WEDNESDAY, Jan. 15, 2014 (HealthDay News) -- Taking certain
antidepressants in late pregnancy more than doubles the odds of a
lung complication in newborns, a new review says.
Fortunately, the study also found that the absolute risk of the
complication -- known as persistent pulmonary hypertension -- was
still low, affecting about 3.5 out of every 1,000 births, according
to study author Dr. Sophie Grigoriadis.
"Women taking these medications in pregnancy should not panic. The risk is still quite low. It should be one of the factors you consider when you decide to use medications, but it has to be balanced with the potential problems that can occur if you don't treat depression," said Grigoriadis, head of the Women's Mood and Anxiety Clinic: Reproductive Transitions at Sunnybrook Health Sciences Center, in Toronto.
Deciding how to treat depression during pregnancy can be
difficult, the study noted. The benefits of antidepressants have to
be weighed against potential harms, and compared to the potential
risks of untreated depression.
Untreated depression in a pregnant woman can lead to unhealthy
eating habits, poor weight gain, high blood pressure, inadequate
prenatal care and possible drug and alcohol abuse, according to the
March of Dimes.
Dr. Ariela Frieder, who specializes in reproductive psychiatry
at Montefiore Medical Center in New York City, said that untreated
depression in pregnancy can lead to low birth weight and premature
birth. She said it's also been linked to lower intelligence and
behavioral problems as the children grow up. In addition,
depression in pregnancy is more likely to lead to postpartum
"You need to be OK during pregnancy to be OK during the postpartum period," Frieder said.
Persistent pulmonary hypertension is a known risk related to
taking the antidepressants known as selective serotonin reuptake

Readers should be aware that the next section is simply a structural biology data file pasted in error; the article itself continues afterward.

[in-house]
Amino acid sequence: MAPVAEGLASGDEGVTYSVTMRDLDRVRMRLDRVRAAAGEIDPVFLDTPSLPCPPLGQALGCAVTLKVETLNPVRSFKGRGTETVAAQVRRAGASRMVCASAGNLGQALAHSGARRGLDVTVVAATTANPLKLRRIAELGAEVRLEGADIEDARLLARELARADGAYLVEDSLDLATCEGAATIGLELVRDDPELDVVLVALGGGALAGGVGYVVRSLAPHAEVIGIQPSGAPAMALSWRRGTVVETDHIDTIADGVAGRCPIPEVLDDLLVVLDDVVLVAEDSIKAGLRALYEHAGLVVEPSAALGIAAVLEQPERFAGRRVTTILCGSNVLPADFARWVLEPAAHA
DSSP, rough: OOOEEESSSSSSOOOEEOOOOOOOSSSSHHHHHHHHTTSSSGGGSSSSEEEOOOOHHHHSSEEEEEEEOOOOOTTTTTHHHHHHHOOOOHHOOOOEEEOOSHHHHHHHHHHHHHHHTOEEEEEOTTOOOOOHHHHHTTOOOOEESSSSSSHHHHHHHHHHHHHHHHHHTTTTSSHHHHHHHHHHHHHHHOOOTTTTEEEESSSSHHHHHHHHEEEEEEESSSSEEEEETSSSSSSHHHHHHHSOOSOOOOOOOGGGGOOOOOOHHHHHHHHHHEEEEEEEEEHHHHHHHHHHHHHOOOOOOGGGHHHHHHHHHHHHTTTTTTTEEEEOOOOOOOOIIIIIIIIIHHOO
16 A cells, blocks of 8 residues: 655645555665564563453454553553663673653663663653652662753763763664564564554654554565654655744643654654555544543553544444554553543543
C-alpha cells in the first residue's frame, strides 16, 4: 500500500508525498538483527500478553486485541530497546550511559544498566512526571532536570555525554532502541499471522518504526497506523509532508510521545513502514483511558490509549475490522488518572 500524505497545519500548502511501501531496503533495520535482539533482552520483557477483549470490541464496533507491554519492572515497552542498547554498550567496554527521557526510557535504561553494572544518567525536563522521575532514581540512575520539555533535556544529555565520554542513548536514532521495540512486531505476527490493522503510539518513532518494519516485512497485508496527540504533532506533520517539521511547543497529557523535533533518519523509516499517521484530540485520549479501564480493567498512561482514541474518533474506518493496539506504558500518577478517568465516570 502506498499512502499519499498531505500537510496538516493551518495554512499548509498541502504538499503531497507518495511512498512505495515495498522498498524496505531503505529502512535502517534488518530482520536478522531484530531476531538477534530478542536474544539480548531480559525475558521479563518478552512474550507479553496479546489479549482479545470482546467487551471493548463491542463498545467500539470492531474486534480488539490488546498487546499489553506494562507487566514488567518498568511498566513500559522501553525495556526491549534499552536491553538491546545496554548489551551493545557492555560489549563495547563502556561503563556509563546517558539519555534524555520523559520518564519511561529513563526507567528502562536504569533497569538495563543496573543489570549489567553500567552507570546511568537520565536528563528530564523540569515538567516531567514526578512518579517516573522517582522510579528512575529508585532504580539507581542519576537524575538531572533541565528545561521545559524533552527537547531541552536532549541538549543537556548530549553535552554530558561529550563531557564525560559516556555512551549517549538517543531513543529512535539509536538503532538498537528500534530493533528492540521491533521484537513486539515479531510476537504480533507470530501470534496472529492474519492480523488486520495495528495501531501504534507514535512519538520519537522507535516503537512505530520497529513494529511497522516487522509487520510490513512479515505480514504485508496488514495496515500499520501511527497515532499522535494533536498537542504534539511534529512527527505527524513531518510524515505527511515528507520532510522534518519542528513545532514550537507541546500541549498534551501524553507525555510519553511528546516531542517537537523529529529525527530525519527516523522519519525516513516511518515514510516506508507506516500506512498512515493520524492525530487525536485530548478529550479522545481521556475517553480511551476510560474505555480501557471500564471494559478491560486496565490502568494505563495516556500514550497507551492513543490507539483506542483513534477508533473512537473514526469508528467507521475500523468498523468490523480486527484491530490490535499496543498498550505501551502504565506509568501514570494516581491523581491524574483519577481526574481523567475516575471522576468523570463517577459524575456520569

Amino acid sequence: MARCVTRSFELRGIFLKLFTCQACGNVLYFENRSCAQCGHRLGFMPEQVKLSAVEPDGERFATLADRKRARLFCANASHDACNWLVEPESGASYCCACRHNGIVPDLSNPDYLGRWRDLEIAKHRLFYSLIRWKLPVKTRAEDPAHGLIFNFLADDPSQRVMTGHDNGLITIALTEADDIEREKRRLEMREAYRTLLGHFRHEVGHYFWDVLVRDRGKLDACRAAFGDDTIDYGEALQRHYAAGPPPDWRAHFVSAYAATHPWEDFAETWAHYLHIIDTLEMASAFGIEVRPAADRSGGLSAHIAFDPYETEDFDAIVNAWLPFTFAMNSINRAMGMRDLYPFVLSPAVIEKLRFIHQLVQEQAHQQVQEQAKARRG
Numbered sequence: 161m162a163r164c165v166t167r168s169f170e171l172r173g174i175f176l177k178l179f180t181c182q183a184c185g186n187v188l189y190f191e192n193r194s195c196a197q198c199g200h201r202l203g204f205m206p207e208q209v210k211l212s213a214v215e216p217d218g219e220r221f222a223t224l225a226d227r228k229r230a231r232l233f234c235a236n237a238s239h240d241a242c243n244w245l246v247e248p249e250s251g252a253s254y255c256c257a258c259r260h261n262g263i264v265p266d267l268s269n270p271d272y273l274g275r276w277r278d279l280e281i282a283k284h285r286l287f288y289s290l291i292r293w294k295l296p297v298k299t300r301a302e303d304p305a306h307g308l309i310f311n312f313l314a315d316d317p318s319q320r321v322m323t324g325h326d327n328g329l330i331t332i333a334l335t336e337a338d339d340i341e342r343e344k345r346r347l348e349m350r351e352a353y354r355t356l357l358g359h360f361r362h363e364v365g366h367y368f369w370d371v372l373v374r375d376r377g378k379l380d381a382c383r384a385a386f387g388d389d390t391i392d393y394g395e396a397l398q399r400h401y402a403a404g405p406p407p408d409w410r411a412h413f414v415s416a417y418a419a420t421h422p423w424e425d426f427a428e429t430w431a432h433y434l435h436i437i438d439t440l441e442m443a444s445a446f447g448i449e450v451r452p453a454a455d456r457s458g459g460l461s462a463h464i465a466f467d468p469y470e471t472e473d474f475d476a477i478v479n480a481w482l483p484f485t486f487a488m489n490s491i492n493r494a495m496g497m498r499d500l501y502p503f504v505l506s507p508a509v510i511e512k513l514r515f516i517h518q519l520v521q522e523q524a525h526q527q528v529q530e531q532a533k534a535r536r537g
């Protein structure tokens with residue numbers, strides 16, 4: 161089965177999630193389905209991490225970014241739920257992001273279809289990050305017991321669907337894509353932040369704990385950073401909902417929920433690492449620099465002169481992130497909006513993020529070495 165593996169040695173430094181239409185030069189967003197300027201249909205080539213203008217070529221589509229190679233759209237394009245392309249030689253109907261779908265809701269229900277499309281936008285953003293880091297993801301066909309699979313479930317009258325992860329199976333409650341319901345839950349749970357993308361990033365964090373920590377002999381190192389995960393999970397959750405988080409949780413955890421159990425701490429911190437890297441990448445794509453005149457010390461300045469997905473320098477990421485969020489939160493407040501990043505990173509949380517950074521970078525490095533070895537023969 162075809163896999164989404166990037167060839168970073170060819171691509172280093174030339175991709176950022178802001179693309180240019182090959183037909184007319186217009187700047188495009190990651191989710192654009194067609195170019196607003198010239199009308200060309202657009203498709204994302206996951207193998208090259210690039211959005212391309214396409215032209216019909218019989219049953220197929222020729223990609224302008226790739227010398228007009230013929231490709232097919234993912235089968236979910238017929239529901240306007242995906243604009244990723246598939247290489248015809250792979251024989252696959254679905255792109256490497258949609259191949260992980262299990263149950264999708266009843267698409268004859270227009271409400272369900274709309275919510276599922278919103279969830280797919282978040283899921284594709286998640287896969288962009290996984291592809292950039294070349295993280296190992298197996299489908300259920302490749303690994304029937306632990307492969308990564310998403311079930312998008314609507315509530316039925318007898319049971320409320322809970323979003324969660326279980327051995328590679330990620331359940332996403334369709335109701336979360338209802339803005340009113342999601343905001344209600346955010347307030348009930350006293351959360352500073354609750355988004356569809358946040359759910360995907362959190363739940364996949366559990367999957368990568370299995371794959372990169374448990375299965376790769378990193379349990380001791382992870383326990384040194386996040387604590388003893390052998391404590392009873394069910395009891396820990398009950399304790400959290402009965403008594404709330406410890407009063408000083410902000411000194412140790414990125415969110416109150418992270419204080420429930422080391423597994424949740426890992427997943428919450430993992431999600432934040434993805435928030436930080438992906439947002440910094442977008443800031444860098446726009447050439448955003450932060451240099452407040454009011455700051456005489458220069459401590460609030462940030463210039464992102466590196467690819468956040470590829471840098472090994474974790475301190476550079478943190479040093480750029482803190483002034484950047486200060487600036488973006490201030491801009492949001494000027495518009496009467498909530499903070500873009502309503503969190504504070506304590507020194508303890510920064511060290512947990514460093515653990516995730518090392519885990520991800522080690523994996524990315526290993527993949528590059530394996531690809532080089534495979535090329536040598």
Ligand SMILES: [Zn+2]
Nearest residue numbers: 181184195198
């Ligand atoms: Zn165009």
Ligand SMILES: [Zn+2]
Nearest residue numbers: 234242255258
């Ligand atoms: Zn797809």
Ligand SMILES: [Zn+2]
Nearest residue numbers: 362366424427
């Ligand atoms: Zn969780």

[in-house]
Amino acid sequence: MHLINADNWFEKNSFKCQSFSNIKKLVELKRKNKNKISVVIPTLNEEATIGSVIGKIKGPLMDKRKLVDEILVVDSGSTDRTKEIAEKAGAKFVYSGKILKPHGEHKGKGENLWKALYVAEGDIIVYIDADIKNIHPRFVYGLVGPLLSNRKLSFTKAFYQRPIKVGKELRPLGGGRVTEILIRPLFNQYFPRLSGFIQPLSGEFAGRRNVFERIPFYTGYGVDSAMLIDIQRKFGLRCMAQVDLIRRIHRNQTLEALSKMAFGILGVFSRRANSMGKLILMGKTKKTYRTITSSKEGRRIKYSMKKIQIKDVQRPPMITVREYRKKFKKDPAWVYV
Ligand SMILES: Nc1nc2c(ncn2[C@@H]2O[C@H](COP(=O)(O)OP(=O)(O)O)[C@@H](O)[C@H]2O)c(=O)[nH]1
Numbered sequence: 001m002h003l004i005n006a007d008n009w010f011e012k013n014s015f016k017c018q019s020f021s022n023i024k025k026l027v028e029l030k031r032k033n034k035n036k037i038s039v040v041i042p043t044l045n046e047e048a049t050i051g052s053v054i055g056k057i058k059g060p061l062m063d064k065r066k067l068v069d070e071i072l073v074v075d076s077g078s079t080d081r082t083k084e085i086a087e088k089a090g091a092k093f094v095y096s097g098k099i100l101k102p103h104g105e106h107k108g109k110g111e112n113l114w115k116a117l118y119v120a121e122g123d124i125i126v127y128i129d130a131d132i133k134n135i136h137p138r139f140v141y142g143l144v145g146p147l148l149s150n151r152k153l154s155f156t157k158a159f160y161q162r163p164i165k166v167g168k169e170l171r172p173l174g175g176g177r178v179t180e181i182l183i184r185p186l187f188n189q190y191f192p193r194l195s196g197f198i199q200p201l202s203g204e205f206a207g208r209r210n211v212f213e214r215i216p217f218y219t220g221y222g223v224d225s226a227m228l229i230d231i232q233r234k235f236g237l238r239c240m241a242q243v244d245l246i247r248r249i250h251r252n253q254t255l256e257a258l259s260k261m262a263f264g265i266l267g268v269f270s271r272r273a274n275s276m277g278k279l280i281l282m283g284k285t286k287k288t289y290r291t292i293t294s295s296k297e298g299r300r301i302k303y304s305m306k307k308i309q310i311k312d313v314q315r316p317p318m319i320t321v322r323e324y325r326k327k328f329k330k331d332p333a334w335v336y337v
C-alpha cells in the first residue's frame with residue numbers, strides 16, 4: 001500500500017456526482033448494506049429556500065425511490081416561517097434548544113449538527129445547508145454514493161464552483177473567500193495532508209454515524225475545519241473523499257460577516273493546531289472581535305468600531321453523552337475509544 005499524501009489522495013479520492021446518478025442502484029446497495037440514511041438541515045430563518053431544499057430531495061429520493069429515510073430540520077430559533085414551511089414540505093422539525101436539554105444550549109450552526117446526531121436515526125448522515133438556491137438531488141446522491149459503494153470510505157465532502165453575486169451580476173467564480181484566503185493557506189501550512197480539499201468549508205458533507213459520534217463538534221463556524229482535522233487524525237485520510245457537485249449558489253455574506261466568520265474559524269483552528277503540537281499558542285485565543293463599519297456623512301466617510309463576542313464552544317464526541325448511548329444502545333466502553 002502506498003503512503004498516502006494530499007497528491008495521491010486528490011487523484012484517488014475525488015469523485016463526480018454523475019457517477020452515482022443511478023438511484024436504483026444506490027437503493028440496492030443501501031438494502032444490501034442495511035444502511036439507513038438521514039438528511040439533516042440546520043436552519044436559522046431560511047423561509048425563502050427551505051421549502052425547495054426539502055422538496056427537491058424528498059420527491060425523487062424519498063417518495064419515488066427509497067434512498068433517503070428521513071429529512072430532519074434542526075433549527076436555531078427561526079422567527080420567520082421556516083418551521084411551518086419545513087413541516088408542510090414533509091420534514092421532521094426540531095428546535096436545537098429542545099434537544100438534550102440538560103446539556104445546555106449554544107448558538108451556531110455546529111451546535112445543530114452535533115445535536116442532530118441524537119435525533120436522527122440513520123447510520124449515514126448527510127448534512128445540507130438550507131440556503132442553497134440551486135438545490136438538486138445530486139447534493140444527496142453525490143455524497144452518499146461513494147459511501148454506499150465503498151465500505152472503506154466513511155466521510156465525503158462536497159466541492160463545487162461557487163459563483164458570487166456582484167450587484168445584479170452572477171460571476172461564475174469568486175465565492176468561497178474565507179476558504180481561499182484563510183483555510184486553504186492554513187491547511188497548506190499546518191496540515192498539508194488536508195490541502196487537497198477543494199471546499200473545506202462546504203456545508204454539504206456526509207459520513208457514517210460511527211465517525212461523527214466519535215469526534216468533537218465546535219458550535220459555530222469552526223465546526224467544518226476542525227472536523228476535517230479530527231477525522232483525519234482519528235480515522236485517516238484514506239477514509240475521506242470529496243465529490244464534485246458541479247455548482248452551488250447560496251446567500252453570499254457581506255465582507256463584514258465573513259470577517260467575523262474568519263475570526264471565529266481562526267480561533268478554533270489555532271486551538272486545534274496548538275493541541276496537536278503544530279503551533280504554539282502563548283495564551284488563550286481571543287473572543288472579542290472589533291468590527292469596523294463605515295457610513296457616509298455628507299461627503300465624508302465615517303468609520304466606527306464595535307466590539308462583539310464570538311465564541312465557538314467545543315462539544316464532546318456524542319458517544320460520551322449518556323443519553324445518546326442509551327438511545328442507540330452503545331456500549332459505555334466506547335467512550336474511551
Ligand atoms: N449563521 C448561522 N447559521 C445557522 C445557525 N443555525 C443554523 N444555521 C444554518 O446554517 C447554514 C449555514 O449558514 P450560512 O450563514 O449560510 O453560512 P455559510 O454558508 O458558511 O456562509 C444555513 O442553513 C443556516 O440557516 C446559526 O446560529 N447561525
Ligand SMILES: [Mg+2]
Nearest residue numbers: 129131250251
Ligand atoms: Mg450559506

inhibitors (SSRIs). This class of medications includes fluoxetine
(Prozac), sertraline (Zoloft), venlafaxine (Effexor) and paroxetine
For a baby with persistent pulmonary hypertension, instead of
the lungs relaxing after birth, they become resistant. That means
they don't expand as they should, and the result is the baby takes
in less oxygen than normal.
Treatments are available for persistent pulmonary hypertension,
and most babies with the condition do well, according to
Grigoriadis. But, she said that long-term risks are an area that
needs more research.
The new study, published online Jan. 14 in the
BMJ, pooled the results of seven previously completed
studies on SSRI use during pregnancy and the risk of persistent
The analysis found that taking SSRIs during early pregnancy
didn't lead to a significantly increased risk of the lung
condition. But, when taken late in pregnancy, these medications
were linked to a 2.5 times increase in the risk of persistent
That means that between 286 and 351 women would need to be
treated with an SSRI in late pregnancy to result in an average of
one additional case of persistent pulmonary hypertension, according
to the study.
One difficulty for the researchers was pinning down the precise
meaning of "late" pregnancy, as studies in the review had varying
definitions. Late pregnancy could mean anytime during or after the
20th week, or it could mean during the third trimester, among other
Although the study found an increased risk of the lung problem,
it wasn't designed to prove that the medications directly caused
the problem. Grigoriadis said it's not clear exactly how SSRIs
could cause persistent pulmonary hypertension.
She said that women shouldn't stop taking their medications,
instead they should talk to their doctors if they have
"Decisions on treatment need to be personalized. Women need to make informed decisions by taking in all the risks of depression and its treatments. Psychosocial treatments [such as counseling] are appropriate for some women, depending on how severe the depression is, and how quickly [a woman] might respond to treatment," Grigoriadis said.
For her part, Frieder said, "It's good to see someone put all of
these studies together in a uniform way. It makes me feel more
comfortable about giving these medications. The risk is low, but it
needs to be put into context with a woman's history. Treatment
choices need to be individualized."
Read more about depression during pregnancy from the
March of Dimes.
Please be aware that this information is provided to supplement the care provided by your physician. It is neither intended nor implied to be a substitute for professional medical advice. CALL YOUR HEALTHCARE PROVIDER IMMEDIATELY IF YOU THINK YOU MAY HAVE A MEDICAL EMERGENCY. Always seek the advice of your physician or other qualified health provider prior to starting any new treatment or with any questions you may have regarding a medical condition.
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